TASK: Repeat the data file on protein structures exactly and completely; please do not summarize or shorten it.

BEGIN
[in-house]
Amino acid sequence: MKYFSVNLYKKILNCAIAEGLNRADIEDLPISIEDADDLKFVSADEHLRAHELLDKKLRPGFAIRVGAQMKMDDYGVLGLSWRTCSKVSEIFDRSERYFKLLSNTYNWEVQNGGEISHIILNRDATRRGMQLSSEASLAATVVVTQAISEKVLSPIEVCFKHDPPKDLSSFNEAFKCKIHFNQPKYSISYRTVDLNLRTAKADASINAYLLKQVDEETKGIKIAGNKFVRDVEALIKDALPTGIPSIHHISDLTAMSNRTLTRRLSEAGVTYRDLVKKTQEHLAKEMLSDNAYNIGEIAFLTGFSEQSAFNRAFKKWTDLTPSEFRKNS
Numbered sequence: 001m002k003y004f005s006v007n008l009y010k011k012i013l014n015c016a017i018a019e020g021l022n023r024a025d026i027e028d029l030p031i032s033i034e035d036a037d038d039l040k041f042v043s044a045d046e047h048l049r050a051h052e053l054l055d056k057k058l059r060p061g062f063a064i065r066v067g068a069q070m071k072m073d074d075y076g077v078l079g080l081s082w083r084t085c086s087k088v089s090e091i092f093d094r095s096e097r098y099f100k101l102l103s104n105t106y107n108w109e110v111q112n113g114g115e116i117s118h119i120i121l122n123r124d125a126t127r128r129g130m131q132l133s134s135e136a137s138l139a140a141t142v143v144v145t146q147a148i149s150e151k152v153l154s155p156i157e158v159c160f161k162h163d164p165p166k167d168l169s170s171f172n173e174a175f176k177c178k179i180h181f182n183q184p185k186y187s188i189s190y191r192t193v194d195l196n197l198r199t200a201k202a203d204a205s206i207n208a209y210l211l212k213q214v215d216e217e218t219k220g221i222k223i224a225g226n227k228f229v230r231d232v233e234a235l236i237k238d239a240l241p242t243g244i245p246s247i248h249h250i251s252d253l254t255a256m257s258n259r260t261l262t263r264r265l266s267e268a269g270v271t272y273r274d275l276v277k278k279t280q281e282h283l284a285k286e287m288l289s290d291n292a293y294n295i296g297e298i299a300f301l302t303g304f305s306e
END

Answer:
[in-house]
Amino acid sequence: MKYFSVNLYKKILNCAIAEGLNRADIEDLPISIEDADDLKFVSADEHLRAHELLDKKLRPGFAIRVGAQMKMDDYGVLGLSWRTCSKVSEIFDRSERYFKLLSNTYNWEVQNGGEISHIILNRDATRRGMQLSSEASLAATVVVTQAISEKVLSPIEVCFKHDPPKDLSSFNEAFKCKIHFNQPKYSISYRTVDLNLRTAKADASINAYLLKQVDEETKGIKIAGNKFVRDVEALIKDALPTGIPSIHHISDLTAMSNRTLTRRLSEAGVTYRDLVKKTQEHLAKEMLSDNAYNIGEIAFLTGFSEQSAFNRAFKKWTDLTPSEFRKNS
Numbered sequence: 001m002k003y004f005s006v007n008l009y010k011k012i013l014n015c016a017i018a019e020g021l022n023r024a025d026i027e028d029l030p031i032s033i034e035d036a037d038d039l040k041f042v043s044a045d046e047h048l049r050a051h052e053l054l055d056k057k058l059r060p061g062f063a064i065r066v067g068a069q070m071k072m073d074d075y076g077v078l079g080l081s082w083r084t085c086s087k088v089s090e091i092f093d094r095s096e097r098y099f100k101l102l103s104n105t106y107n108w109e110v111q112n113g114g115e116i117s118h119i120i121l122n123r124d125a126t127r128r129g130m131q132l133s134s135e136a137s138l139a140a141t142v143v144v145t146q147a148i149s150e151k152v153l154s155p156i157e158v159c160f161k162h163d164p165p166k167d168l169s170s171f172n173e174a175f176k177c178k179i180h181f182n183q184p185k186y187s188i189s190y191r192t193v194d195l196n197l198r199t200a201k202a203d204a205s206i207n208a209y210l211l212k213q214v215d216e217e218t219k220g221i222k223i224a225g226n227k228f229v230r231d232v233e234a235l236i237k238d239a240l241p242t243g244i245p246s247i248h249h250i251s252d253l254t255a256m257s258n259r260t261l262t263r264r265l266s267e268a269g270v271t272y273r274d275l276v277k278k279t280q281e282h283l284a285k286e287m288l289s290d291n292a293y294n295i296g297e298i299a300f301l302t303g304f305s306e